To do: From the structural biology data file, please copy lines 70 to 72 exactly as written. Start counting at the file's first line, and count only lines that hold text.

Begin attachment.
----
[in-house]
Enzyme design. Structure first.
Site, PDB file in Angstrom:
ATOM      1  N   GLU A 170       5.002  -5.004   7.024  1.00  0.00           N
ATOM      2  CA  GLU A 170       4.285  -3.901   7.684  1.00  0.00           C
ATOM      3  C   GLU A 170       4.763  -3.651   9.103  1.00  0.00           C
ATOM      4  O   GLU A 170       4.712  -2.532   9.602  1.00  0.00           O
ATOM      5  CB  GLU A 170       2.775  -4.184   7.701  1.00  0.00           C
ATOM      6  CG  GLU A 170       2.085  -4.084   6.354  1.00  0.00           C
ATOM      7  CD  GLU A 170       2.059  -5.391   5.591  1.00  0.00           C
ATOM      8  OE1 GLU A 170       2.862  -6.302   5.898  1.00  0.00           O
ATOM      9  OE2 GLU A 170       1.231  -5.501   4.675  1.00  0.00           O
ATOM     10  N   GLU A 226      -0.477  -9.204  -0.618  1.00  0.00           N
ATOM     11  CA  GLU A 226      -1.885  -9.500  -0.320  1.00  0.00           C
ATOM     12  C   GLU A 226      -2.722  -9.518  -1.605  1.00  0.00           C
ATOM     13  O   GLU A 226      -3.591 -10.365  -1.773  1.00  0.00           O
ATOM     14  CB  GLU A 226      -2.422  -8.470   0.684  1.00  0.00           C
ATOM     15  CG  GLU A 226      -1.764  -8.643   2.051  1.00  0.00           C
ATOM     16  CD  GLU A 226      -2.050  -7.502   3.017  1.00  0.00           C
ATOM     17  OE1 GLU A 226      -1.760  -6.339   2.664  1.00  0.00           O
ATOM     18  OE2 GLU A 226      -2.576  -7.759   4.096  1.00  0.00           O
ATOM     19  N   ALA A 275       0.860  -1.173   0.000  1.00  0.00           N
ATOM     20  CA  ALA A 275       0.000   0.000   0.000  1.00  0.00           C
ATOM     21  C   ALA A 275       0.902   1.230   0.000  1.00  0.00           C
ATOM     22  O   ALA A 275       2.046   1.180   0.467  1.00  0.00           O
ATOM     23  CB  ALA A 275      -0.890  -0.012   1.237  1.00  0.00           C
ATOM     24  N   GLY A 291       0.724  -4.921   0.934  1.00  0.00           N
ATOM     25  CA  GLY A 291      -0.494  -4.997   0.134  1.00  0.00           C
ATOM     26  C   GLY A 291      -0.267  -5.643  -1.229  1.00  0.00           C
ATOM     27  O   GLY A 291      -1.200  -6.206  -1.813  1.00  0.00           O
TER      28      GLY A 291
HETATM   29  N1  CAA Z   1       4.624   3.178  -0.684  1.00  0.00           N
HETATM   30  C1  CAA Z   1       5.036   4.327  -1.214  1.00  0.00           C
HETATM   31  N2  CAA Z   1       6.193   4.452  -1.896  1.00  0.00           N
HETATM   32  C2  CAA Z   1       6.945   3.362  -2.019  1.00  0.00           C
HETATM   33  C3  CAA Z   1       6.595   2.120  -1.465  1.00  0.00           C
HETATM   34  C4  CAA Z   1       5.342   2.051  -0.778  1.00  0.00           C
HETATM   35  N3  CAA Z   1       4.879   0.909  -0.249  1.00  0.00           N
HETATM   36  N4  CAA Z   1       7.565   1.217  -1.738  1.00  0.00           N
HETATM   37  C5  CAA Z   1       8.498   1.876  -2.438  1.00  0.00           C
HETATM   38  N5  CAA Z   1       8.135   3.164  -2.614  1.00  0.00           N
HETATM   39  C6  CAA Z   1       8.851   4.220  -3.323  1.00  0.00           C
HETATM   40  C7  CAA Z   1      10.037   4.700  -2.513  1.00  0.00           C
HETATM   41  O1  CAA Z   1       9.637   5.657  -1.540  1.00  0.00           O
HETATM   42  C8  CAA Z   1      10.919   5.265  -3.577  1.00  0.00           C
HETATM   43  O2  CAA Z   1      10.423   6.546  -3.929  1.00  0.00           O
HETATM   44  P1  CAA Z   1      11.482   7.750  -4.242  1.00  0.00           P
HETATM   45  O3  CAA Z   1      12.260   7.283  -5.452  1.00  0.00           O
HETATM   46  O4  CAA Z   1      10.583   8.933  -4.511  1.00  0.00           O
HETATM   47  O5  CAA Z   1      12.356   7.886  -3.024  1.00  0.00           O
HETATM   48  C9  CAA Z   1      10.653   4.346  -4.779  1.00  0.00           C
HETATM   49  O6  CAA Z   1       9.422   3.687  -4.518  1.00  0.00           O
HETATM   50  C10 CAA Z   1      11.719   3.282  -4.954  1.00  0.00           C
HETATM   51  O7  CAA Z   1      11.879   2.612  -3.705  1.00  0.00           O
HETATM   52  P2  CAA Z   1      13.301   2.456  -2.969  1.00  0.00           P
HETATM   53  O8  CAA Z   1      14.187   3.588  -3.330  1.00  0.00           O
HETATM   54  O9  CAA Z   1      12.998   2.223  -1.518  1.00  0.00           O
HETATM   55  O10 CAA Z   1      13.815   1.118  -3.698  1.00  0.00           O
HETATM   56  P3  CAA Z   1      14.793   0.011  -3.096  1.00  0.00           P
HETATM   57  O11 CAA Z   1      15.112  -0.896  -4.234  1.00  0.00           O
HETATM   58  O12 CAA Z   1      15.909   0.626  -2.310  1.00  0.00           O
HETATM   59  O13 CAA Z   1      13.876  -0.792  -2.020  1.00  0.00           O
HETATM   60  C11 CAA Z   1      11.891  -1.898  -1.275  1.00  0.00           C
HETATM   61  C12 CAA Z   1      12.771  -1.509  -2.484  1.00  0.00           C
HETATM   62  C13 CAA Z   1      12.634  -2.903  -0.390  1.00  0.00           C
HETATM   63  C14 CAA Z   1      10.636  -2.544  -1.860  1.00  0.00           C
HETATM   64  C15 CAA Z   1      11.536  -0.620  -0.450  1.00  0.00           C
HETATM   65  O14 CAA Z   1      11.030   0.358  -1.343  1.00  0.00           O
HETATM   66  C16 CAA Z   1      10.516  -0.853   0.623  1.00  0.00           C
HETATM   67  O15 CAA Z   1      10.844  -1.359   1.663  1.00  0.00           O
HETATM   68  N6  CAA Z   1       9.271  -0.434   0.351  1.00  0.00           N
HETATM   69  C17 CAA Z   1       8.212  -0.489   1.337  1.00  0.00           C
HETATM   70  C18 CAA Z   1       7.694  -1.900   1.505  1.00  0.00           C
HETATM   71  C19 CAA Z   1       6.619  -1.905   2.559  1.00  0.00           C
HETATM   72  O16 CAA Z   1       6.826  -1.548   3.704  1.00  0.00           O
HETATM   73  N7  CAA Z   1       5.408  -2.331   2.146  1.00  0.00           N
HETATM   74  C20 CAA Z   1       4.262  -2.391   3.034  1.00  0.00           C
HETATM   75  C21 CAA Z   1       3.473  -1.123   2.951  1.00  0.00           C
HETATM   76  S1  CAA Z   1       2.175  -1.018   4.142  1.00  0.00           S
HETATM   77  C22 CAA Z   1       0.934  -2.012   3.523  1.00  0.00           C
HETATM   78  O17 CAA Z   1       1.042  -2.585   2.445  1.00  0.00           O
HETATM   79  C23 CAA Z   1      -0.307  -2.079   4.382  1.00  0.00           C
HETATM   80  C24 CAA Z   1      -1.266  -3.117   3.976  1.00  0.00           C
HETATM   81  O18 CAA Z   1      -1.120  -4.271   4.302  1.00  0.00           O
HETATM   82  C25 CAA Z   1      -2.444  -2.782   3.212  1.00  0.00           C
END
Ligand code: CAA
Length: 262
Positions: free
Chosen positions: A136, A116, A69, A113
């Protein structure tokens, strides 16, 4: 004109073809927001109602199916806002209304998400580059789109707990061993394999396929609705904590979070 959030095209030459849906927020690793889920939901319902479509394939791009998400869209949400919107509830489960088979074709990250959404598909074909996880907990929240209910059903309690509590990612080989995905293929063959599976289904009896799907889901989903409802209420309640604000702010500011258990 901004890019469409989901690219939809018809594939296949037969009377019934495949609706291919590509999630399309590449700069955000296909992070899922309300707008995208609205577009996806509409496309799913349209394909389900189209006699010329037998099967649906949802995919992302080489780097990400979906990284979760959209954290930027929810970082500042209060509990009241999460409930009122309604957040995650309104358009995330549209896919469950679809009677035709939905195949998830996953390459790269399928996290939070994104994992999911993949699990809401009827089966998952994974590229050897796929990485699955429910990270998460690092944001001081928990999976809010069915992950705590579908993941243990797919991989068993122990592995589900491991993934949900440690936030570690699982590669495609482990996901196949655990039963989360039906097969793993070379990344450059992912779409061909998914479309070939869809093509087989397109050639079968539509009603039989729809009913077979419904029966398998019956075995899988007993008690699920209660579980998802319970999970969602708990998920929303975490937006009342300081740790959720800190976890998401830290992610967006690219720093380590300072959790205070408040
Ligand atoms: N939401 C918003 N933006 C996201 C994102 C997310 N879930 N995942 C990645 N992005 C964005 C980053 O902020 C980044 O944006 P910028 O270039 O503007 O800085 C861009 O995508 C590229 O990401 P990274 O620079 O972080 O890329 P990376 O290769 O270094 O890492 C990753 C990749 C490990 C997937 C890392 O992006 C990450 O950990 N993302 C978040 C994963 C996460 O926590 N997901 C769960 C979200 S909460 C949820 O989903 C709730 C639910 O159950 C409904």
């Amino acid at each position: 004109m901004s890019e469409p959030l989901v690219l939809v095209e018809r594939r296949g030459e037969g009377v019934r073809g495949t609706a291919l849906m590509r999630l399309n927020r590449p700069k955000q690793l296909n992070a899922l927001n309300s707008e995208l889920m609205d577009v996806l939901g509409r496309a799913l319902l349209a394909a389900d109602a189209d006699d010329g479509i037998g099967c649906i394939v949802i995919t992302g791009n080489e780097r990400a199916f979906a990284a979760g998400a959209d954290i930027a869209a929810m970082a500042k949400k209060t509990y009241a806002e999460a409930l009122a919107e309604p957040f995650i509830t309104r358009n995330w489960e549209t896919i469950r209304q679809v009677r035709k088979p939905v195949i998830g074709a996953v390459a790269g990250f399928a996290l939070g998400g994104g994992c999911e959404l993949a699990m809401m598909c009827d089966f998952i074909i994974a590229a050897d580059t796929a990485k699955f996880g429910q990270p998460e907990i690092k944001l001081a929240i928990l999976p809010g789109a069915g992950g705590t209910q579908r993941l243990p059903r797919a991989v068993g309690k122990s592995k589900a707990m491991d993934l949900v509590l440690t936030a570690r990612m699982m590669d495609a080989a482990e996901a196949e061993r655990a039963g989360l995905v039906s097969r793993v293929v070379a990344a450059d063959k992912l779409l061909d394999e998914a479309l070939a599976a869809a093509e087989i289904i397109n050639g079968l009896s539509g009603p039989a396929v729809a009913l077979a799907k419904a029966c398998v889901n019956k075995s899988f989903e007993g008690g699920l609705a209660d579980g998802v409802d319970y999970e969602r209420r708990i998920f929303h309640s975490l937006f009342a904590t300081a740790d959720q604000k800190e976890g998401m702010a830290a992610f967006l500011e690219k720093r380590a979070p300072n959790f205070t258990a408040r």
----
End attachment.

HETATM   67  O15 CAA Z   1      10.844  -1.359   1.663  1.00  0.00           O
HETATM   68  N6  CAA Z   1       9.271  -0.434   0.351  1.00  0.00           N
HETATM   69  C17 CAA Z   1       8.212  -0.489   1.337  1.00  0.00           C